Prominent Catholics have condemned new guidelines that will allow midwives in Britain to take the main role in performing abortions.
For the first time, British midwives and nurses instead of doctors may “participate in the termination” under new government rules. Members of Parliament and anti-abortion campaigners condemned the new guidance when it was revealed on Saturday.
Under previous guidelines, midwives and nurses could undertake “certain actions” in helping to terminate unwanted pregnancies. But the new rules go much further and state clearly that a “nurse or midwife may administer the drugs used for medical abortions”.
The new rules for the first time say that a doctor needs only to approve and begin a termination. The bulk of the procedure can be carried out by nurses.
Catholic pro-life peer Lord Alton of Liverpool said he felt it was “particularly perverse that midwives, who do the beautiful work of helping babies into the world, will now be called upon to end the lives of children they might otherwise work to save.”
Conservative MP Fiona Bruce said the development “is a clear liberalisation of abortion law which people do not want. Moreover, I do not believe that it is what Parliament intended.”
Labour MP Jim Dobbin, co-chairman of the all-party Parliamentary Pro-life Group, said the Department of health take “every opportunity to make life easier for the abortion industry”. He added: “The Abortion Act is crystal clear that a qualified doctor is the only person able to perform an abortion.”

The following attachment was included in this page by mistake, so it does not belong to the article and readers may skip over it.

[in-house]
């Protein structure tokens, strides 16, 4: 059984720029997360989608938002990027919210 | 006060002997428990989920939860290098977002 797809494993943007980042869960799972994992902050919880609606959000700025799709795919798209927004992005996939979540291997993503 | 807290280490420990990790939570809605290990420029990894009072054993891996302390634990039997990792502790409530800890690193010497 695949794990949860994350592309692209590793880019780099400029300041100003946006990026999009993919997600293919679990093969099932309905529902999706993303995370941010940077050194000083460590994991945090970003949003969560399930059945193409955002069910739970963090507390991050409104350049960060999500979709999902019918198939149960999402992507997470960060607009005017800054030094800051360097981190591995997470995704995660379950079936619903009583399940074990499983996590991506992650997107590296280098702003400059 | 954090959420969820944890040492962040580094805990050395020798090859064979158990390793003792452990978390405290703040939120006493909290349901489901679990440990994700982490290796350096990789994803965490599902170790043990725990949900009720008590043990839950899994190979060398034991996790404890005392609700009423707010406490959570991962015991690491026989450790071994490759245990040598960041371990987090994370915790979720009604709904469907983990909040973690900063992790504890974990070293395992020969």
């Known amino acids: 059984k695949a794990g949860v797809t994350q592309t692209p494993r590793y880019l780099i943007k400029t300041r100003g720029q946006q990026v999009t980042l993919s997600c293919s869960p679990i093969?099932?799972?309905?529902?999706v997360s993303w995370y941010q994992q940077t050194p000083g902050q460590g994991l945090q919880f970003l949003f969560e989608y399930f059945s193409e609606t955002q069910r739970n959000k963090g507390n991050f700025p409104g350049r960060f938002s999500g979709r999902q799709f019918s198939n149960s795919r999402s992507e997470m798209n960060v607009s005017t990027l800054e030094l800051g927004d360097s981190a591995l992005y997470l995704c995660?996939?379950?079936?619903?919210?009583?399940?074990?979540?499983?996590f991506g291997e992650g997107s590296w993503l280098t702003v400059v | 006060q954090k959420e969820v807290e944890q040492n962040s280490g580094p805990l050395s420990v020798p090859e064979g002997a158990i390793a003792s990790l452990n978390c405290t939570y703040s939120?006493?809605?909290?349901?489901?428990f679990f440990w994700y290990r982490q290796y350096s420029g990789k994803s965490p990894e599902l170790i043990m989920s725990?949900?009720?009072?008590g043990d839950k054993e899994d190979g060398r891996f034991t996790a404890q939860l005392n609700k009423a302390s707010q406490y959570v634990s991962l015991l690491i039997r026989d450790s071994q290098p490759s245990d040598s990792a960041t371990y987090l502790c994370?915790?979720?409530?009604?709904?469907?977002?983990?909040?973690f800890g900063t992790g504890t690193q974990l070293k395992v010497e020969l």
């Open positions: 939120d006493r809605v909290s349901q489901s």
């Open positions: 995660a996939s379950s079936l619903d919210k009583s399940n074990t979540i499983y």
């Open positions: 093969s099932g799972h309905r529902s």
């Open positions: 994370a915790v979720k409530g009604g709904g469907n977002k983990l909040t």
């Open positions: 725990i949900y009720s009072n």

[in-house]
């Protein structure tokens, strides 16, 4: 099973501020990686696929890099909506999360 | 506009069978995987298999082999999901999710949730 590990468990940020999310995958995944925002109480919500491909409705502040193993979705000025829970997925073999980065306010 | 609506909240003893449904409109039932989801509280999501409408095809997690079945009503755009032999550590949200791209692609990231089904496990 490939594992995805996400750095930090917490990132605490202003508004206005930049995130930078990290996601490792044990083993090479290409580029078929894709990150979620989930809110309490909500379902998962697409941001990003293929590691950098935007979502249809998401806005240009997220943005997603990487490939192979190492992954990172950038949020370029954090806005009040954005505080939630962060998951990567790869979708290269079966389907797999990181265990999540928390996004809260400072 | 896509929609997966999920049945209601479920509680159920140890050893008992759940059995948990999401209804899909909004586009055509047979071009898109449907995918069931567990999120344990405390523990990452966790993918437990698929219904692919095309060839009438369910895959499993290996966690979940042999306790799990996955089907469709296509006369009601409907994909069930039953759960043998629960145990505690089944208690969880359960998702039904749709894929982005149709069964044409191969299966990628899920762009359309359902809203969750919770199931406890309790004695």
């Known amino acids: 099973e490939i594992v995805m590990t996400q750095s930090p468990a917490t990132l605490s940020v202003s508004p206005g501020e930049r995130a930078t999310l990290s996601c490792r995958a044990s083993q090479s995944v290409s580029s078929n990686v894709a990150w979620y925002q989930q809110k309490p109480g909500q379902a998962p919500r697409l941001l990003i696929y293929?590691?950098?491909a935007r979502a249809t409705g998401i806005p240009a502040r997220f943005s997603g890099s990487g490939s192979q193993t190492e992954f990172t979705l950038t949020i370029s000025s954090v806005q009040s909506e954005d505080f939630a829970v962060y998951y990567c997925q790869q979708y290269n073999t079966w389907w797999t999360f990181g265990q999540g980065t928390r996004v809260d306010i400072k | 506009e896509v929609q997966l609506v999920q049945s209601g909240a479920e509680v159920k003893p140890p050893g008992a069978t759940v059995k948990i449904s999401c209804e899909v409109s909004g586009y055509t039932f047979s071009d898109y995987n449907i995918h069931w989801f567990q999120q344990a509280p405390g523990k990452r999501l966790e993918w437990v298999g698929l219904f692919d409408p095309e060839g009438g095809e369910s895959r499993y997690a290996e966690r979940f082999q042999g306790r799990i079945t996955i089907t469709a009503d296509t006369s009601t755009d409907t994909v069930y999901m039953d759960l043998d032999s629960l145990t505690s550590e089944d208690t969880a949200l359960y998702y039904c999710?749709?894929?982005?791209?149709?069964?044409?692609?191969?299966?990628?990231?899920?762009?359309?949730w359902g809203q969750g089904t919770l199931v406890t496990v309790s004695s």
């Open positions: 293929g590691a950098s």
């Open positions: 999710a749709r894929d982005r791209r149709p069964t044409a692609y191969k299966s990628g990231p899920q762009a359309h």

The new guidance rules out abortions carried out on the grounds of the sex alone, but comes at a time when nearly 200,000 terminations are performed in England and Wales each year and about a fifth of pregnancies end in abortion.
The 1967 law which governs abortion says that two doctors must approve the termination and the procedure must be conducted by a doctor. In 1981, the courts gave approval for nurses to be involved, and Whitehall guidance restated the principle in 1999, according to media reports.
The move follows pressure from the Royal College of Nursing and abortion providers, who believe the law should be changed to allow nurses full control of abortion induced by drugs or some other techniques.
“This is yet another strategic undermining of the few remaining provisions of the Abortion Act,” said Benjamin Harnwell, founder of the Dignitatis Humanae Institute. “Again we see a noble profession, directed towards giving life, being twisted into a means of death. And as always, it’s the weakest, the voiceless and the most vulnerable who pay the cost of such callous policies that place efficiency and selfish motives above the dignity of the human person.”